I am sure that his raising the prices brought the police down on him and they found something they could charge him with. He pissed off someone pretty bad.


That didn't generate any good will for him, but it wasn't illegal either. Companies can charge whatever they want for their products.



posted on Sep, 15 2017 @ 01:04 PM
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originally posted by: Aazadan

originally posted by: rickymouse
I am sure that his raising the prices brought the police down on him and they found something they could charge him with. He pissed off someone pretty bad.


That didn't generate any good will for him, but it wasn't illegal either. Companies can charge whatever they want for their products.


There are a lot of people in prison because law enforcement knew they were doing something very wrong but couldn't do anything about it because a law did not say exactly what they were doing was illegal. Conning someone is not actually illegal many times, let the buyer beware governs many things. So if the practice continues, they will find something to charge the person with to get them off the street.

If conning someone was illegal, look how many people would be in jail, half of our legislature would be in prison.



posted on Sep, 15 2017 @ 01:51 PM
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a reply to: rickymouse

OJ comes to mind. Also Al Capone.



posted on Sep, 15 2017 @ 01:59 PM
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a reply to: Aazadan

Obtaining a lock of hair does not REQUIRE assault. What if Hillary's hairdresser saved some of the cutoffs and sold it? No assault there, just a regular hairdo and opportunity to sell what was once trash.



posted on Sep, 15 2017 @ 02:15 PM
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originally posted by: rickymouse
There are a lot of people in prison because law enforcement knew they were doing something very wrong but couldn't do anything about it because a law did not say exactly what they were doing was illegal. Conning someone is not actually illegal many times, let the buyer beware governs many things. So if the practice continues, they will find something to charge the person with to get them off the street.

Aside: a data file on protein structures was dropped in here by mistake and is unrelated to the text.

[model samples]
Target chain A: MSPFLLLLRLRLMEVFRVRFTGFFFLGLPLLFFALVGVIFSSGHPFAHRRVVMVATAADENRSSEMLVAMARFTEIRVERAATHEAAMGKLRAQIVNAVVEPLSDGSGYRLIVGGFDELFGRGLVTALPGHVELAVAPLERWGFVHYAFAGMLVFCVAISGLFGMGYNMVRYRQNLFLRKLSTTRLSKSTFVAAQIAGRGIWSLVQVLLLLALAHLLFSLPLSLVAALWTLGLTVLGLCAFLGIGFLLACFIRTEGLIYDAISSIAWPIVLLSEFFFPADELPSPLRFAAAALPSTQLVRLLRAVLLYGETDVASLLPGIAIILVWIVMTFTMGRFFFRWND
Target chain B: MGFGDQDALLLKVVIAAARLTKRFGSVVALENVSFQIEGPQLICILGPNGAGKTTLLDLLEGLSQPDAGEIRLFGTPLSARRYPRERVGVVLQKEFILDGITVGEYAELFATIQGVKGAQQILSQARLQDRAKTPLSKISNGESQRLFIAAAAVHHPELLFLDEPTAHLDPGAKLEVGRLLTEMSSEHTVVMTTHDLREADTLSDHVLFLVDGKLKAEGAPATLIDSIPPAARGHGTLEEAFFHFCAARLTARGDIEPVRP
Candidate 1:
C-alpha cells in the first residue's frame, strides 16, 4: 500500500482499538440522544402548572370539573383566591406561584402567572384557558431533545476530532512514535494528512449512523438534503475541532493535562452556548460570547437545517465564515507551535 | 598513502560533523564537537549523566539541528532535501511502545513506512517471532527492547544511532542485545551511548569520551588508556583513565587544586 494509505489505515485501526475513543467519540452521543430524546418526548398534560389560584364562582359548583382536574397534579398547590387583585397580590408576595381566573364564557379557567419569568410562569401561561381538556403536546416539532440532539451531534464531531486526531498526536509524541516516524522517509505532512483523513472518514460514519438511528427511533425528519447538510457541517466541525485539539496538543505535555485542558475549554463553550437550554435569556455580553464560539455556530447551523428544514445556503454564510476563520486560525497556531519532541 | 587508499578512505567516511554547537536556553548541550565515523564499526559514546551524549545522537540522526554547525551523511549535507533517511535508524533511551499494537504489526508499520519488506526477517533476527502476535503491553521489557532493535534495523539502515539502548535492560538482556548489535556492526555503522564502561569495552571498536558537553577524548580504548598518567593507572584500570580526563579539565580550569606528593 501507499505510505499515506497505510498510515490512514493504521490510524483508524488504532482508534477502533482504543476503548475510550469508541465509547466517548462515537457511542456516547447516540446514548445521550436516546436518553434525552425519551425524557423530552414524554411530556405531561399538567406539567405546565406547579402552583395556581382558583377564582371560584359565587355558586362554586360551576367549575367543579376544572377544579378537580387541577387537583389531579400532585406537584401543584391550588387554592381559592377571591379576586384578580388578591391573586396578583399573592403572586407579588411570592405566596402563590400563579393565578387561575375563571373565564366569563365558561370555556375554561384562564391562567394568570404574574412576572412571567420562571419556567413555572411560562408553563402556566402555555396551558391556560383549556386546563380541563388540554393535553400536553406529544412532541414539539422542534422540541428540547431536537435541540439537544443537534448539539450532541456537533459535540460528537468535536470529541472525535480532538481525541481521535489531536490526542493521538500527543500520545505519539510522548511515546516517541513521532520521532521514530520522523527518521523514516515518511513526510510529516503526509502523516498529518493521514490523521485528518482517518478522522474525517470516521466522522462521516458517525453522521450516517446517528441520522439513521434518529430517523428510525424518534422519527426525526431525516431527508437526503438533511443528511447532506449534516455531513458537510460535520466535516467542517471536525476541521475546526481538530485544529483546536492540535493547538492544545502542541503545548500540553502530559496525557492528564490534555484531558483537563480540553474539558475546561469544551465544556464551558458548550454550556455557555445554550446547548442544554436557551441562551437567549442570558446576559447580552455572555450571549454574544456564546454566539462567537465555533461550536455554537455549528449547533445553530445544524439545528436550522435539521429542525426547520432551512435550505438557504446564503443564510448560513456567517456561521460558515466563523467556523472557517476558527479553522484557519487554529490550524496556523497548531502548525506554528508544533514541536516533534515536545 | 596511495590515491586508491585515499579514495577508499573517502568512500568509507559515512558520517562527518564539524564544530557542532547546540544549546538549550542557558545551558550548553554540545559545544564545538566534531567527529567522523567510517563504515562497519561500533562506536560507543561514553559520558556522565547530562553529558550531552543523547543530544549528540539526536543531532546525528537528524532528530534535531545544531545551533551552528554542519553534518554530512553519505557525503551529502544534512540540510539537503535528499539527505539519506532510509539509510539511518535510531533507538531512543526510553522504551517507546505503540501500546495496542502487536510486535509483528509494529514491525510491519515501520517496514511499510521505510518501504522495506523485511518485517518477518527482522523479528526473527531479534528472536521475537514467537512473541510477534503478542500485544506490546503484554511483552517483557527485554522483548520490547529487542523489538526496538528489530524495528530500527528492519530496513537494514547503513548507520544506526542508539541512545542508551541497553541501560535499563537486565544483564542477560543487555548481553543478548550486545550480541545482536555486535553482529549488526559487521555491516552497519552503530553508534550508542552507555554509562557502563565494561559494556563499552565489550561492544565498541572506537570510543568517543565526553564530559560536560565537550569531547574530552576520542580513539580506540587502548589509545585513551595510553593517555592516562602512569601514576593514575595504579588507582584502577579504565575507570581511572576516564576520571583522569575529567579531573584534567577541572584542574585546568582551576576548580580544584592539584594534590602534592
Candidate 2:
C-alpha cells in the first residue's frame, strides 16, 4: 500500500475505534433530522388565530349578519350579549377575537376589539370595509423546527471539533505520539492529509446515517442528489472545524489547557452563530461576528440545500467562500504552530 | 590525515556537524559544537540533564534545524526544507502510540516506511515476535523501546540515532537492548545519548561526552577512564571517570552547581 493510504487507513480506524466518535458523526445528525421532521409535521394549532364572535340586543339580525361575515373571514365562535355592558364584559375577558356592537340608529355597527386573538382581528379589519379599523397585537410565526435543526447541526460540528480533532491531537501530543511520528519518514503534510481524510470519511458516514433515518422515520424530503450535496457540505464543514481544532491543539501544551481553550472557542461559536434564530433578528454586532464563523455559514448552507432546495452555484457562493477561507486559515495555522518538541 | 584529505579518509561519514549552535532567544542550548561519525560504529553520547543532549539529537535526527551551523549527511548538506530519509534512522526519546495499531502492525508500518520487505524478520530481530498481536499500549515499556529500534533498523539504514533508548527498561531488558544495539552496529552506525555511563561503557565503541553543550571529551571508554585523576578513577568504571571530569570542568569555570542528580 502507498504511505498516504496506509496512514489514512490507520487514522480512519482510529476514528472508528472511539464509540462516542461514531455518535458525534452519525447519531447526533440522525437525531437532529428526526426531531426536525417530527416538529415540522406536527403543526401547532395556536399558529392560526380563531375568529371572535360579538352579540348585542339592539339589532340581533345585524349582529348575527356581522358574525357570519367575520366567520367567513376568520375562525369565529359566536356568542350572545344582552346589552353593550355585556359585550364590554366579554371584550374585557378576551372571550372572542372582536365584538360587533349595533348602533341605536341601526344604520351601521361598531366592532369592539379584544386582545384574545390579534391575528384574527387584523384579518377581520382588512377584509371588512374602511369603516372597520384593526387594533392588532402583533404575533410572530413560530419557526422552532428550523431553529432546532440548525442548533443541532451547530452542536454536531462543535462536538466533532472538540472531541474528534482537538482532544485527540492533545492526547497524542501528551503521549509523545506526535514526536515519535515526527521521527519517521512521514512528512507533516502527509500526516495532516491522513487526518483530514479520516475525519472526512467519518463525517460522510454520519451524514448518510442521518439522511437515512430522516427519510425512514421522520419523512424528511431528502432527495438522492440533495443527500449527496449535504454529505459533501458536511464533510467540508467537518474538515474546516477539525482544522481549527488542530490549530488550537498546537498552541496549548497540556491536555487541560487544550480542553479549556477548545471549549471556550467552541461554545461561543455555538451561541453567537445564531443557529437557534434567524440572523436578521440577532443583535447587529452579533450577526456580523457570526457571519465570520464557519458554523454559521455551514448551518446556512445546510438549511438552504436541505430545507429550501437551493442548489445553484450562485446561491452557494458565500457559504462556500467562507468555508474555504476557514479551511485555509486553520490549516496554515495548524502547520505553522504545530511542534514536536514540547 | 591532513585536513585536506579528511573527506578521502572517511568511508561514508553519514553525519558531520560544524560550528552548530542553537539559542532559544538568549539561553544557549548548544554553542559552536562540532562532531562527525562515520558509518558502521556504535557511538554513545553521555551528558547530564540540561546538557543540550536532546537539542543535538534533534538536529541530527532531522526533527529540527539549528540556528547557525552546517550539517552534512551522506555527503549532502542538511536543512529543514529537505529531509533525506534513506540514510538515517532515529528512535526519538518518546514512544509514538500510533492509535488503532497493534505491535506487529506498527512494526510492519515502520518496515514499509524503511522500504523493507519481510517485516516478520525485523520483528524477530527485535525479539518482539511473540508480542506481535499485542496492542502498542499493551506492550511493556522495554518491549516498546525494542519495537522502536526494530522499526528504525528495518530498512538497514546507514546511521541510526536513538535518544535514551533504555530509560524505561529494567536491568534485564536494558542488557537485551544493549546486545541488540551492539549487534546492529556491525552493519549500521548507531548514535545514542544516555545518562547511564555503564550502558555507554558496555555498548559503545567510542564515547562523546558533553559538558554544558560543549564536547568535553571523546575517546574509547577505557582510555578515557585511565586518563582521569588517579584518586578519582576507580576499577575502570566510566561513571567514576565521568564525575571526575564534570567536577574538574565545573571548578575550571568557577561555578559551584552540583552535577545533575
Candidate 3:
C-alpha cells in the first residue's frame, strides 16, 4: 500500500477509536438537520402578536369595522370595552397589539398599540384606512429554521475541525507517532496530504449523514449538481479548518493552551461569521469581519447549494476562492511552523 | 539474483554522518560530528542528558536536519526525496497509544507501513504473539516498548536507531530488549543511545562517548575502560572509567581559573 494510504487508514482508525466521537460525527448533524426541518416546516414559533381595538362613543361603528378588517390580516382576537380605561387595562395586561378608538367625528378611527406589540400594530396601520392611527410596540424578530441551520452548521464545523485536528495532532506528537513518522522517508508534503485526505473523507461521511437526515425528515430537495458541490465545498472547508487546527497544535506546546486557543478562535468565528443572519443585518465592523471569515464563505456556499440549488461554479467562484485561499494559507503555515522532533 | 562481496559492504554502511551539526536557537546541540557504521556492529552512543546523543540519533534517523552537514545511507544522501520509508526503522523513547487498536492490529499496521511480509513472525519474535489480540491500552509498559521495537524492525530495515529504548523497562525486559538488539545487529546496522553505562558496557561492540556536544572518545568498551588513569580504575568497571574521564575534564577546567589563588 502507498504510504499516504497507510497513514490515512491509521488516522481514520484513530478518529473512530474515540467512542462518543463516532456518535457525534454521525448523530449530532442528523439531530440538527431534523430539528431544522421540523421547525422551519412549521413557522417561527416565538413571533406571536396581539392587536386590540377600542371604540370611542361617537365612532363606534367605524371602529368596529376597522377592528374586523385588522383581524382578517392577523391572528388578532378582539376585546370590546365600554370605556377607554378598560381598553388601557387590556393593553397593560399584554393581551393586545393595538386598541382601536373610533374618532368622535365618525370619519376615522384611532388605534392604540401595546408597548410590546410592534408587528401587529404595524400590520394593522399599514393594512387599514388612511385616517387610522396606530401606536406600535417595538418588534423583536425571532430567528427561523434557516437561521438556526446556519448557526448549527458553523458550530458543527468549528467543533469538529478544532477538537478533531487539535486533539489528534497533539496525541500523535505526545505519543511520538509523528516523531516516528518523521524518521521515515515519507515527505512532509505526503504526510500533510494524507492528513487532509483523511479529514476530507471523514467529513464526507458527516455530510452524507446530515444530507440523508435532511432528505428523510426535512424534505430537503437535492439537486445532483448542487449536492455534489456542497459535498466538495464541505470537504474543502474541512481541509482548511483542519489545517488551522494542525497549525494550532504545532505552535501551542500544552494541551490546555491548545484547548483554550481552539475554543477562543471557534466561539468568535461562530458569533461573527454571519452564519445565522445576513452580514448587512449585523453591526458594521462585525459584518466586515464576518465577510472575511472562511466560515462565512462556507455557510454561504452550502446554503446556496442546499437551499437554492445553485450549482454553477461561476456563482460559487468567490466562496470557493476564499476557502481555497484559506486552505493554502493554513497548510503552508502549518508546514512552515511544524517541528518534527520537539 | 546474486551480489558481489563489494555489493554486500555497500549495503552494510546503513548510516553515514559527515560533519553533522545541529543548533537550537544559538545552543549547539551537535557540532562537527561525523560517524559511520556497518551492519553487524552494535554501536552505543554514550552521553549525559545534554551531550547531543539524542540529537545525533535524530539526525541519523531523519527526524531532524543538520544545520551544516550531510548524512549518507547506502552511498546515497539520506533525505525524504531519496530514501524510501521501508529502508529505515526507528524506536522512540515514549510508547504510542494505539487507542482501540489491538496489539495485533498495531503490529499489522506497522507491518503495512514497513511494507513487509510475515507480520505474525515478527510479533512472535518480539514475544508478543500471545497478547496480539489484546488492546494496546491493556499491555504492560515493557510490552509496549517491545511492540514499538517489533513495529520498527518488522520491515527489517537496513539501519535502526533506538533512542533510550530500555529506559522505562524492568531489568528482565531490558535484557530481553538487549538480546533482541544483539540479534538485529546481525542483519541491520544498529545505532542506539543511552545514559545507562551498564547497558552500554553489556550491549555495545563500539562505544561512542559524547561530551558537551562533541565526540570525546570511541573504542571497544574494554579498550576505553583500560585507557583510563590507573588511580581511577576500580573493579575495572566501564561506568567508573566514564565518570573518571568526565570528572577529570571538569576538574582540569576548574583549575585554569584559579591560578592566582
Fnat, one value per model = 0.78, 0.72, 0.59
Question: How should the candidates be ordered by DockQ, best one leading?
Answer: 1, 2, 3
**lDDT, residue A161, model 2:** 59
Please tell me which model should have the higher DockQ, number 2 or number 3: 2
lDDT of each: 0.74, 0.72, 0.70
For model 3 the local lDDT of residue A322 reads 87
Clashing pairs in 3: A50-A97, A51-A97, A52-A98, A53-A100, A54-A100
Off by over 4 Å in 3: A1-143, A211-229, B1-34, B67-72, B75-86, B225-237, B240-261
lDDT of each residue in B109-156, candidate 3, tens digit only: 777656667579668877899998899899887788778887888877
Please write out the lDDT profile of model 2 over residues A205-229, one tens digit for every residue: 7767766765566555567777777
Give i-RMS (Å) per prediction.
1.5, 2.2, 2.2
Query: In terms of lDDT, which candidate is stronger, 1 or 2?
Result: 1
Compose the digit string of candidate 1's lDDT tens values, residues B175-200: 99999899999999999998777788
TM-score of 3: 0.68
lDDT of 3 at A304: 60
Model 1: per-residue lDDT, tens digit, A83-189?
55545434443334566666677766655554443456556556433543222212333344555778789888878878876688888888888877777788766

If conning someone was illegal, look how many people would be in jail, half of our legislature would be in prison.


This brings up several ethical points. I actually had this exact conversation in a philosophy/ethics class a week or two ago. Is it ethical for a court system to convict a person for a crime they didn't commit, if we know they're bad, and they've escaped legal consequences so far?

I'm on the side that it's not ethical, and we shouldn't do it. But I understand how the legal system simply wanted to nail Shikreli for something. In the end though, he did go down for a crime he actually committed, so I feel that the system worked in his case... though I still think there's possibly some mitigating circumstances in his case and that he's mentally ill rather than malevolent (which isn't to say that I think he should be on the street, he shouldn't)



posted on Sep, 15 2017 @ 02:15 PM
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originally posted by: Krakatoa
a reply to: Aazadan

Obtaining a lock of hair does not REQUIRE assault. What if Hillary's hairdresser saved some of the cutoffs and sold it? No assault there, just a regular hairdo and opportunity to sell what was once trash.



Sure, that's one route someone could have gone. But that's not what the intent of his offer was for.